Step 6. On Budget

Good - Cheap - Fast

This should ideally come as early on in the project as the brief, but more often than not it is up to you to define how you’re going to be recompensed for your hard work and most importantly how you keep track of time and resources spent to make sure you don’t go over budget. We look at ways to budget a creative project and how to track your time.

Most clients prefer a breakdown of your project costs so that they can see what you are spending their money on… and the slightly stingy ones might try and shave off a few pounds here and there.

Here are a few examples of costs for a small to medium sized creative project, which should ideally feature in a quote to a client or ‘statement of work’:

  • Artistic direction
  • Producer time
  • Project management time >> this can be a percentage of the overall labour cost e.g. anything between 10% – 50% depending on how complex the project is
  • Supplier services
  • Material costs
  • Equipment hire
  • Venue hire or rent
  • Transport and packaging
  • Marketing and PR
  • Travel expenses
  • Insurance, licence
  • Contingency >> 5%-10% of the overall budget costs should be enough to cover those unknown unknowns

In order to get subtotals of the above costs, you would have to breakdown the project into tasks and subtasks so that you can get more accurate estimates of time and resources needed. Here is what this could look like:

Sample project budget
Sample project budget

If you haven’t come across Smartsheet.com yet, then it might be worth checking it out. To use the software, you would have to pay, but there are quite a few free templates on the Smartsheet.com resource page to help you create project budgets, track time, timelines etc.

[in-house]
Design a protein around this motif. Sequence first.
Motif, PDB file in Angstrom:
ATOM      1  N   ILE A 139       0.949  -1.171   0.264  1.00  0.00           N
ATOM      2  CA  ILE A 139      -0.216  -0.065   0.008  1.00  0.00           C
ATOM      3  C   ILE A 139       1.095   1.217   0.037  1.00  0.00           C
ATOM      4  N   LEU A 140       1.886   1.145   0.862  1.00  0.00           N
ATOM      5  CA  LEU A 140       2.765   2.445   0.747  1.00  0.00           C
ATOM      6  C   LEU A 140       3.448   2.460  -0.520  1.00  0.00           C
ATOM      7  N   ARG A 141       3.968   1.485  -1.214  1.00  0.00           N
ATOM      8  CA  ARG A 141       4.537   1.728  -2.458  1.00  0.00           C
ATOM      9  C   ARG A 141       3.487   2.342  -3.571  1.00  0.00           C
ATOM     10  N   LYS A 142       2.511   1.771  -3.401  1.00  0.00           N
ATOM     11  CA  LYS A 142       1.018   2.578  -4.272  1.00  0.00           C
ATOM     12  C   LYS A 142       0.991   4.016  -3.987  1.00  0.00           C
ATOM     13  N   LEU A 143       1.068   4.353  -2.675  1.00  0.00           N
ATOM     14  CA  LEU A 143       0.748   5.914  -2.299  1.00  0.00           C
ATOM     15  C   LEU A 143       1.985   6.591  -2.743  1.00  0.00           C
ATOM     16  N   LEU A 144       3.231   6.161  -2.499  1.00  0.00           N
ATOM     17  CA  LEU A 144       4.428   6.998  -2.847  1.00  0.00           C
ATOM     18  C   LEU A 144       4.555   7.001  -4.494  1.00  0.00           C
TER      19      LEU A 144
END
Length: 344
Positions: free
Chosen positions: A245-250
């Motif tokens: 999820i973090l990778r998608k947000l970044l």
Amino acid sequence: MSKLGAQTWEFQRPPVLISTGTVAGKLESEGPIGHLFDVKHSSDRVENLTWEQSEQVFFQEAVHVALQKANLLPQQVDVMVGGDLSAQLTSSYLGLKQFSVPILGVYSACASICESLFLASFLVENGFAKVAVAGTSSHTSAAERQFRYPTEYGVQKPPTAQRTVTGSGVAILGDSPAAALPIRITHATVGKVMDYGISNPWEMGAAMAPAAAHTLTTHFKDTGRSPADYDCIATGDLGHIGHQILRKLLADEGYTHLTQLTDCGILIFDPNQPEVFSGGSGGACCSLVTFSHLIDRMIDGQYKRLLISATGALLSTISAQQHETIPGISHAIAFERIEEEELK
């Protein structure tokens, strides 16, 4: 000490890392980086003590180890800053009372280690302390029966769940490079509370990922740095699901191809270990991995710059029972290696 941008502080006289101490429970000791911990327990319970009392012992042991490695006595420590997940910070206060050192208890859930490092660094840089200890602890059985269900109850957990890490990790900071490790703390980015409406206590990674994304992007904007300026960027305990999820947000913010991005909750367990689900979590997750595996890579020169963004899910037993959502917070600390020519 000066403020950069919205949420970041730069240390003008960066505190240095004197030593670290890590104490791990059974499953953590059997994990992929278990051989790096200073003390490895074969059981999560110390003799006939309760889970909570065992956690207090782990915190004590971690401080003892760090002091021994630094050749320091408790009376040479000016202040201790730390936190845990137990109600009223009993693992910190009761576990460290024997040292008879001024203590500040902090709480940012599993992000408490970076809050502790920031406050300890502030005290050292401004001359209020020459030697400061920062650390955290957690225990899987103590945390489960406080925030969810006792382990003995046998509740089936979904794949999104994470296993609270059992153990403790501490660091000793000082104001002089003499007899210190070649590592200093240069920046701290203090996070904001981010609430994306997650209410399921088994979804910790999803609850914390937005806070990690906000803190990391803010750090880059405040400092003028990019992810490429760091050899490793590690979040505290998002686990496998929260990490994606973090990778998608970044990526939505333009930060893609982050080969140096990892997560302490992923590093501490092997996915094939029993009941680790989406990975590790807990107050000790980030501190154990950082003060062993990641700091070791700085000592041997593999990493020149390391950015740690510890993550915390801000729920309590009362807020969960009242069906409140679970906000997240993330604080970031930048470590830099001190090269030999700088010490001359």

Once you have managed to negotiate your budget, which includes tasks where you have guesstimated the time, you better start tracking how long they actually take you to do. That way, you might have some figures based on reality rather than guesswork next time around or you can alert your client that more budget is needed. There are various free tools for tracking time. One of my favourite ones is Toggl.com where you can track your time per task / per team / project / client and create beautiful charts that show what you and your team have spent your valuable time on. Here is an example of a Toggl report, which can also be exported as a PDF or CSV file and attached to an invoice:

Time tracking with Toggl
Time tracking with Toggl.com

If you are short of time and would like someone from Developing Dreams to help you put together a project budget or timeline or maybe even help you with some of the deliverables then what are you waiting for? Get in touch!

**This is part 6 of a 7 article series. Missed step 1? Read A Jargon Free Anatomy of a Creative Brief.

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